Texas Rangers

Hey, I'm Talking to Yu: Is It Worth $51 Million to Speak to Someone?

LOS ANGELES, CA - MARCH 23:  Relief pitcher Yu Darvish #11 of Japan throws a pitch against Korea during the finals of the 2009 World Baseball Classic on March 23, 2009 at Dodger Stadium in Los Angeles, California. Japan won 5-3 in 10 innings.  (Photo by Kevork Djansezian/Getty Images)
Kevork Djansezian/Getty Images
Ryan NeimanContributor IIIDecember 20, 2011

The Texas Rangers have won the bidding war for permission to negotiate the rights of Japanese phenom starting pitcher, Yu Darvish.

The Rangers have spent a whopping $51.7 million to just talk to Darvish about a potential contract with their ballclub.

If the Rangers and Darvish do come to some agreement for a contract, the contract could be suspected to be around $15-17 million per season.

Is all of this money worth it to speak to one player without any guarantees of this player living up to the contracts expectations?

Yu Darvish has compiled a great track record as a starting pitcher for the Nippon Ham Fighters, but that necessary does not translate to being a super-star in American baseball.

In the past few years, the MLB has seen Japanese-born players bring their highly touted skills to the United States.

While some have blossomed, there have been numerous players whose performances have fluctuated and they have not lived up to their contracts.  

Ichiro Suzuki and Hideki Matsui are the most recognized Japanese-born players who are still currently playing. Both have been able to avoid scrutiny and to live up to their expectations.

However, in life, there are not always guarantees and not everything is a sure thing.

LOS ANGELES, CA - MARCH 23:   Relief pitcher Yu Darvish #11 of Japan throws a pitch against Korea during the finals of the 2009 World Baseball Classic on March 23, 2009 at Dodger Stadium in Los Angeles, California. (Photo by Stephen Dunn/Getty Images)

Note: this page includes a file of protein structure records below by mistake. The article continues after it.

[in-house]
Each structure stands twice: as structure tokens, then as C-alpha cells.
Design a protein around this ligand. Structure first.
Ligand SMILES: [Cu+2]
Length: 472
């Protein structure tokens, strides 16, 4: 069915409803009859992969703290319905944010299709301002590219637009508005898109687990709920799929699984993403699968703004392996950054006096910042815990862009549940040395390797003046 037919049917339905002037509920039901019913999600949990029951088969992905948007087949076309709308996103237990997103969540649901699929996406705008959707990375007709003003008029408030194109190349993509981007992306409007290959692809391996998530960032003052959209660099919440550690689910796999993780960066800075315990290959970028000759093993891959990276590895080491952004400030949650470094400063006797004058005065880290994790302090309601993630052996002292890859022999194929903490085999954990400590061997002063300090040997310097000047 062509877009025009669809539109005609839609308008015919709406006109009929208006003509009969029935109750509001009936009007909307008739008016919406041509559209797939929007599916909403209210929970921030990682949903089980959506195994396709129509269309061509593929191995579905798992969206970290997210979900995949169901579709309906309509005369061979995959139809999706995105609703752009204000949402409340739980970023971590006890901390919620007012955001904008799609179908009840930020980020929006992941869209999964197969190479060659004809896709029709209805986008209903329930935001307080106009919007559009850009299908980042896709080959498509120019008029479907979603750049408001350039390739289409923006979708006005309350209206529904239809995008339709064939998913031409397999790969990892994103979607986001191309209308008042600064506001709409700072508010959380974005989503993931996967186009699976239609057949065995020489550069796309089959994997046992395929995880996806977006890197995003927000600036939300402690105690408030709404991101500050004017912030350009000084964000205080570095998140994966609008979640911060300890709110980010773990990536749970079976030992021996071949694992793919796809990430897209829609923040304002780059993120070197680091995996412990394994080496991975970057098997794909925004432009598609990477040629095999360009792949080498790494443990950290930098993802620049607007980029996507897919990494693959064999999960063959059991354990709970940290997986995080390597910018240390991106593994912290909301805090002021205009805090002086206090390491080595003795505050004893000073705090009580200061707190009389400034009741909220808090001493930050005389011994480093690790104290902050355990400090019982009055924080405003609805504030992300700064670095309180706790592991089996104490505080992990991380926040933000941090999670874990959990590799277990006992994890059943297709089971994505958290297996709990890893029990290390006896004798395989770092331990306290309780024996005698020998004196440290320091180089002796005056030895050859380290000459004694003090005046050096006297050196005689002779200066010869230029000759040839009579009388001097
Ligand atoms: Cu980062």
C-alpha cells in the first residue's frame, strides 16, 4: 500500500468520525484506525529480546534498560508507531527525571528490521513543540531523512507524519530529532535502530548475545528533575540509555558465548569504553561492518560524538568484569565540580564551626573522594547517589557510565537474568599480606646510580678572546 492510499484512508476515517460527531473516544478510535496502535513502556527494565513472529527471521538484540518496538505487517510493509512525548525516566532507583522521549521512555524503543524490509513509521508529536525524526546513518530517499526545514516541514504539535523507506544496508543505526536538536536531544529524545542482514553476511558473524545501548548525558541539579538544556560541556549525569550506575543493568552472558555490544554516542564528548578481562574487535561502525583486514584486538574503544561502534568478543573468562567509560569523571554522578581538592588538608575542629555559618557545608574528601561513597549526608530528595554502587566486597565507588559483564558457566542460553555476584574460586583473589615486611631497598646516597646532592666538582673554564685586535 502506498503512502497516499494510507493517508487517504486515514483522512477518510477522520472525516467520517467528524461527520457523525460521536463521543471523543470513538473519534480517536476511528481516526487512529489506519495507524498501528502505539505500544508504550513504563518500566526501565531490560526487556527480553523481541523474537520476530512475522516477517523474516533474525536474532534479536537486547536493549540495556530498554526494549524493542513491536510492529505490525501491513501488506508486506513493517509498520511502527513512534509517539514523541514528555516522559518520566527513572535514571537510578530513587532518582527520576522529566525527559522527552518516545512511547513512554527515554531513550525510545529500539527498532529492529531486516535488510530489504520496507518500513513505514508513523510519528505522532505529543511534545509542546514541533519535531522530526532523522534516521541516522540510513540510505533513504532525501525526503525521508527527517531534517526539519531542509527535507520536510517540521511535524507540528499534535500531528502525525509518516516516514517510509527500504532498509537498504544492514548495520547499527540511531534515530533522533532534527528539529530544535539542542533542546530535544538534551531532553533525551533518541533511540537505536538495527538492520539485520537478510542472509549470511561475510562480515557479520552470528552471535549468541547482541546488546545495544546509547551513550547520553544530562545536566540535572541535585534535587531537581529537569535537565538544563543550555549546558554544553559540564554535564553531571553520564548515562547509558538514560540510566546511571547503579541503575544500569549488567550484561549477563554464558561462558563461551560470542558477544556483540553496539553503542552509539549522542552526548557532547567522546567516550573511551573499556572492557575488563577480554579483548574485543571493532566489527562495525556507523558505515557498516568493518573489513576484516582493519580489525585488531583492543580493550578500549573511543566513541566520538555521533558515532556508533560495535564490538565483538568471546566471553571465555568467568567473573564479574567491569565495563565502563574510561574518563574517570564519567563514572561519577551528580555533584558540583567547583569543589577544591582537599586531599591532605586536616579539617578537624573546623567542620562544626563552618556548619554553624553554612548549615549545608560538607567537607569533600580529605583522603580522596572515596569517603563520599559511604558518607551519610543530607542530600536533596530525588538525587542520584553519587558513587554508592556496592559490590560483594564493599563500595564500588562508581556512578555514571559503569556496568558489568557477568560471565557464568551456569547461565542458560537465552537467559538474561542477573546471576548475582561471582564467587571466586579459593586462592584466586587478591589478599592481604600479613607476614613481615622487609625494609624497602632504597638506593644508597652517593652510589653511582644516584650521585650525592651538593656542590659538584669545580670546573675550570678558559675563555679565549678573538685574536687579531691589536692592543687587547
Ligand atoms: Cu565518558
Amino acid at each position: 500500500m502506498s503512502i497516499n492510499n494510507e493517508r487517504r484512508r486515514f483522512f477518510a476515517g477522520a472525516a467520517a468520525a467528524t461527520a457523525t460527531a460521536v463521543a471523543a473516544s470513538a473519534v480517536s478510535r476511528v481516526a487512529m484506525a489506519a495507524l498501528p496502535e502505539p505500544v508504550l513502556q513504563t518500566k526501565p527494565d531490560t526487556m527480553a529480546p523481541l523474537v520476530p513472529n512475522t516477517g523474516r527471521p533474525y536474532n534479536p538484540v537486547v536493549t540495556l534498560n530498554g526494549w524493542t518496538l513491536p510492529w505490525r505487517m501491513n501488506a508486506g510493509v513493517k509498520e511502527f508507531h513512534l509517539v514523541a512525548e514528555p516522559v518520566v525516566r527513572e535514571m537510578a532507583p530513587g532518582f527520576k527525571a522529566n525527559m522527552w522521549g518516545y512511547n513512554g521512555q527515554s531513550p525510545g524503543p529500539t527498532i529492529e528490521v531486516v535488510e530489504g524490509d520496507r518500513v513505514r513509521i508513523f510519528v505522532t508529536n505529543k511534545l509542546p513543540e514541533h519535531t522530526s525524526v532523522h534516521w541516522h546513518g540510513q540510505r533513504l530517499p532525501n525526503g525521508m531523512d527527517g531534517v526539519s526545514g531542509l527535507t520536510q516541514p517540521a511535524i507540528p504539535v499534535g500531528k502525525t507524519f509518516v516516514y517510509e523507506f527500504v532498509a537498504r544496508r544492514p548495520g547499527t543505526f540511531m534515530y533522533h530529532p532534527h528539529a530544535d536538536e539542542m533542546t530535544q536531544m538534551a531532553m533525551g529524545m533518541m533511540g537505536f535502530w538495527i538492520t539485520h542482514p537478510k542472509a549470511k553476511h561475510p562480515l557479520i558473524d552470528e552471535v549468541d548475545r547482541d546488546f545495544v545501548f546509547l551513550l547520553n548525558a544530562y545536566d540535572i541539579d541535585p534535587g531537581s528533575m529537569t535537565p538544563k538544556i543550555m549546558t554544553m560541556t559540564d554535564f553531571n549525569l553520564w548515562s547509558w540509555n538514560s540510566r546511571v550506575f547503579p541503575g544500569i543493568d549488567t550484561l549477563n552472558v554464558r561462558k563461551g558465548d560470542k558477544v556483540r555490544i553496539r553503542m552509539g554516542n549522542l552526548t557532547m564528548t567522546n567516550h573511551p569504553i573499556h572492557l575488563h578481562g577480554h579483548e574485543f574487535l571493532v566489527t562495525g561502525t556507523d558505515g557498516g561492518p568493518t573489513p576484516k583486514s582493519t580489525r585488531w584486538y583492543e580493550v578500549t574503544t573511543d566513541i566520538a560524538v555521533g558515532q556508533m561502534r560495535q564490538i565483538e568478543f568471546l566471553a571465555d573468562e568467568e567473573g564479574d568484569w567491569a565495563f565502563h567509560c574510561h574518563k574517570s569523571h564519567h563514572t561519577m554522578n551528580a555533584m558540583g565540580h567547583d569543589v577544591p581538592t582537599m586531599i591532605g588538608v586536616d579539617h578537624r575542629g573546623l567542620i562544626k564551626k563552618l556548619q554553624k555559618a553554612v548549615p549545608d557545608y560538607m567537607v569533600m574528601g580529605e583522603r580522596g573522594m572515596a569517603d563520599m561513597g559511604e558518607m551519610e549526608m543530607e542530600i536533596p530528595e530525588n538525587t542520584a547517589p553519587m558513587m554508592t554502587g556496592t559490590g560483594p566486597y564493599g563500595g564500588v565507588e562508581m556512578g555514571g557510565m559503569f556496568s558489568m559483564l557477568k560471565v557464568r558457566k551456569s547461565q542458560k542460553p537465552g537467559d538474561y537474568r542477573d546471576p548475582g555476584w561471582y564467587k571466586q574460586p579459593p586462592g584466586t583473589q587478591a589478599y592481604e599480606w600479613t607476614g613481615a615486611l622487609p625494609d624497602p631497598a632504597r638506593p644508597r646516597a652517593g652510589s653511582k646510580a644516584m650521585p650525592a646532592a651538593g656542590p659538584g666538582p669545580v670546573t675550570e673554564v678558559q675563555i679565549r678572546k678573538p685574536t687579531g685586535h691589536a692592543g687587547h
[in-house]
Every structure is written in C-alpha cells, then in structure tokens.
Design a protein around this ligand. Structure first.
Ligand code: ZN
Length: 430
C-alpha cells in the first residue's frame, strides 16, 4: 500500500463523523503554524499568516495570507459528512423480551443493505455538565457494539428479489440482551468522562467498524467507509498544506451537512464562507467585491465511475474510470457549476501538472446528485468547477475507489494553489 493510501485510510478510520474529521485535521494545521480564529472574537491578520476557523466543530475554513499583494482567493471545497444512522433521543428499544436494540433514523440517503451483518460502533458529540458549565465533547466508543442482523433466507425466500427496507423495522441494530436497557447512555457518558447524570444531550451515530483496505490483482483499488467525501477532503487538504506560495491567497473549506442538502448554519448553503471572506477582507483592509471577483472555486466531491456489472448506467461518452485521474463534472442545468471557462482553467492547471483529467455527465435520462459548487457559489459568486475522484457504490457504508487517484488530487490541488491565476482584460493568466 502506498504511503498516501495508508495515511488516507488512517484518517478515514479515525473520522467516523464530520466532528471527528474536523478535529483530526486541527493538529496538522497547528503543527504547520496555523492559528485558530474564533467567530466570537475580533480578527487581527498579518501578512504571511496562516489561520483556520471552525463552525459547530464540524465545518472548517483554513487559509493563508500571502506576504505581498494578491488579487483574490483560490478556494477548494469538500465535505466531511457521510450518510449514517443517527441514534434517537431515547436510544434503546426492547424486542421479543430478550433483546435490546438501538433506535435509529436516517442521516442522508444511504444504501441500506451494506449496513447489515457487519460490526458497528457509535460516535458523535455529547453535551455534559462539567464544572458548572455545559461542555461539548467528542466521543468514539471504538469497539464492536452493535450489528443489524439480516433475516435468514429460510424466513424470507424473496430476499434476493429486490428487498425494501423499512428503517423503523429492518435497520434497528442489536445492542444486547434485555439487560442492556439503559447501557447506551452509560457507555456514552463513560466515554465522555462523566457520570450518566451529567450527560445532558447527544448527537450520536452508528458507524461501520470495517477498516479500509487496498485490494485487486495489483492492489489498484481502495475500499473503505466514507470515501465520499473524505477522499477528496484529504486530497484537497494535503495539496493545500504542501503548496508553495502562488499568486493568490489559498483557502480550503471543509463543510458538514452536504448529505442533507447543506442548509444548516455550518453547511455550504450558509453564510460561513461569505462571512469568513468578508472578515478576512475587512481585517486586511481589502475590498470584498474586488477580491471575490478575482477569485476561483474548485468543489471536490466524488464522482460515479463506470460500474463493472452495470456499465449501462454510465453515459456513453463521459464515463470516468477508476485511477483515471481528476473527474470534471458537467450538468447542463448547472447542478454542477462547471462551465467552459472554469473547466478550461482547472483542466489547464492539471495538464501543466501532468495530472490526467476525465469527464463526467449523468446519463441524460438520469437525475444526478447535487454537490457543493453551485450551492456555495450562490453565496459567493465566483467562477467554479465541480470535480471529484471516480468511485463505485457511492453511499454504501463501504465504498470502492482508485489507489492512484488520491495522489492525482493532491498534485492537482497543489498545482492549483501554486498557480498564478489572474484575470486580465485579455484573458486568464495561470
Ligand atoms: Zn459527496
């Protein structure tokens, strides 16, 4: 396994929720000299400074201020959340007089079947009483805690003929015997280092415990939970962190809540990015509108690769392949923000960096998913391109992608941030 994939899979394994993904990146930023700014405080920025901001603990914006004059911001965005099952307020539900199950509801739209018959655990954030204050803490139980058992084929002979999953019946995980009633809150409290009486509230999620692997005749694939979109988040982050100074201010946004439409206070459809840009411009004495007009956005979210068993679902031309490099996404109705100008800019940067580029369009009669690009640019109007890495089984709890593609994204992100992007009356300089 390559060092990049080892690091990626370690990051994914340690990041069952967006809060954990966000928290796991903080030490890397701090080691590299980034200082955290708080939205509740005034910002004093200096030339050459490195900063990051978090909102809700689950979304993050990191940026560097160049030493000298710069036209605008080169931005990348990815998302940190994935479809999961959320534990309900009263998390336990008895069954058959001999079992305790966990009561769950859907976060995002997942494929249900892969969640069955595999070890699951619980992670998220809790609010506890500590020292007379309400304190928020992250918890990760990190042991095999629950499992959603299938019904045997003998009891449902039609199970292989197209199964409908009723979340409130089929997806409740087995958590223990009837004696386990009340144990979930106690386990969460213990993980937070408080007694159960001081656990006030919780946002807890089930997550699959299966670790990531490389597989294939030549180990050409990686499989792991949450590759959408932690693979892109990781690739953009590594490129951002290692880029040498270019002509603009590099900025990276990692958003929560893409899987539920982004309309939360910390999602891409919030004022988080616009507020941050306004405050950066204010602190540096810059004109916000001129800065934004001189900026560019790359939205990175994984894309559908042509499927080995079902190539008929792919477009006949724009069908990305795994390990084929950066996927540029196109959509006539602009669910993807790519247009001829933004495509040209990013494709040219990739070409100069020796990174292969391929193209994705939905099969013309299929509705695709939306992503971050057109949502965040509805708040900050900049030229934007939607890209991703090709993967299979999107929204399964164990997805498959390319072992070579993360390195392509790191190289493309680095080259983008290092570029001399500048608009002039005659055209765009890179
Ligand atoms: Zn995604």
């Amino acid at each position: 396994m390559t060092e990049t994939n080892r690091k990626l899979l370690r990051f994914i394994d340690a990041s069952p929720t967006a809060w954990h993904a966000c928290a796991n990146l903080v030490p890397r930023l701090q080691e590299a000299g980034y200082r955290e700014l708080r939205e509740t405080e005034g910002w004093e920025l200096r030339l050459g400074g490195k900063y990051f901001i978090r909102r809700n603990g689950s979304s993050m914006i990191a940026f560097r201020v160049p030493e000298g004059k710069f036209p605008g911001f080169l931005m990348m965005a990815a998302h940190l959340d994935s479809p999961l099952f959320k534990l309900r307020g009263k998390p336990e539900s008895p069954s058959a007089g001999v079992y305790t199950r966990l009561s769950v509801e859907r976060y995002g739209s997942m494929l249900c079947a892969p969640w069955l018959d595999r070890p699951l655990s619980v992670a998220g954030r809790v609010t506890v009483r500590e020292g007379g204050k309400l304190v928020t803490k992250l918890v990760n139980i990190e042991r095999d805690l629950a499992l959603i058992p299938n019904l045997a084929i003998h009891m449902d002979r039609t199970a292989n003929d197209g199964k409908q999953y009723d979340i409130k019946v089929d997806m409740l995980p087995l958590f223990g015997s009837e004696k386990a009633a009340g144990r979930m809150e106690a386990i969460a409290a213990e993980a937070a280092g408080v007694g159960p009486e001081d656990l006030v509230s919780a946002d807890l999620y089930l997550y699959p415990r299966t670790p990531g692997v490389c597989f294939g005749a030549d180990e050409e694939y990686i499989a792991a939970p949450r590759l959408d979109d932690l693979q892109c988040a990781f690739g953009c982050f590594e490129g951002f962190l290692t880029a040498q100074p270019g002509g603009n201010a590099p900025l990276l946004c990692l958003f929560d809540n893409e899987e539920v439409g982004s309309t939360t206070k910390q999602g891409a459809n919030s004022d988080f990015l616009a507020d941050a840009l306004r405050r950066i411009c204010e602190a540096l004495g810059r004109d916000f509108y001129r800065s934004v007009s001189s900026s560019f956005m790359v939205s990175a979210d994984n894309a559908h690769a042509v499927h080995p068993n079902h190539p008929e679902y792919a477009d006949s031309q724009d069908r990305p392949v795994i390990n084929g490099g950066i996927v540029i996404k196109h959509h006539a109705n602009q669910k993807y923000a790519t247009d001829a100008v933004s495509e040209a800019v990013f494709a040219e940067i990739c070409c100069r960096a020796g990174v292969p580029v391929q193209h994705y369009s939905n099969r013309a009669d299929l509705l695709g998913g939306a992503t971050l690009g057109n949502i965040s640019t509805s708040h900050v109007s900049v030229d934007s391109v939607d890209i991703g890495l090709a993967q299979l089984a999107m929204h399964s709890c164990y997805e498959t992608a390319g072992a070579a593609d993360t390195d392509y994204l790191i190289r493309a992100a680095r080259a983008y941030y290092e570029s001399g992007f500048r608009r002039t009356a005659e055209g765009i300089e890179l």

Stephen Dunn/Getty Images

When Daisuke Matsuzaka signed with the Boston Red Sox, he was followed by a large following of Japanese media and the Dice-K craze was the next big thing.

He was the toast of the city.

Despite some flashes of greatness, Dice-K eventually left a sour taste in everybody's mouth.

The Red Sox paid a hefty price for Matsuzaka spending around $90 million on him, with $40 million spent just to speak with him.

In his five seasons with the Red Sox, Dice-K managed only to pitch over 200 innings just once and he recorded only 49 victories.

As an organization, I wouldn't be weary of spending millions to sign a player, but I would be hesitant to spend millions of dollars to just speak to the player.

It's absolutely not worth it to spend this much to talk to a someone even if this player is the next Sandy Koufax.

It might appear to look great for the headlines or to showcase for your fan-base you are willing to spend an absurd amount of money to enjoy the company of another human being, but finding a solution to a problem might have come at a cheaper price.

If the Rangers were just looking to talk to sit down and talk to somebody to make their time pass, I could have happily requested myself at a reasonable price of a quarter million dollars.

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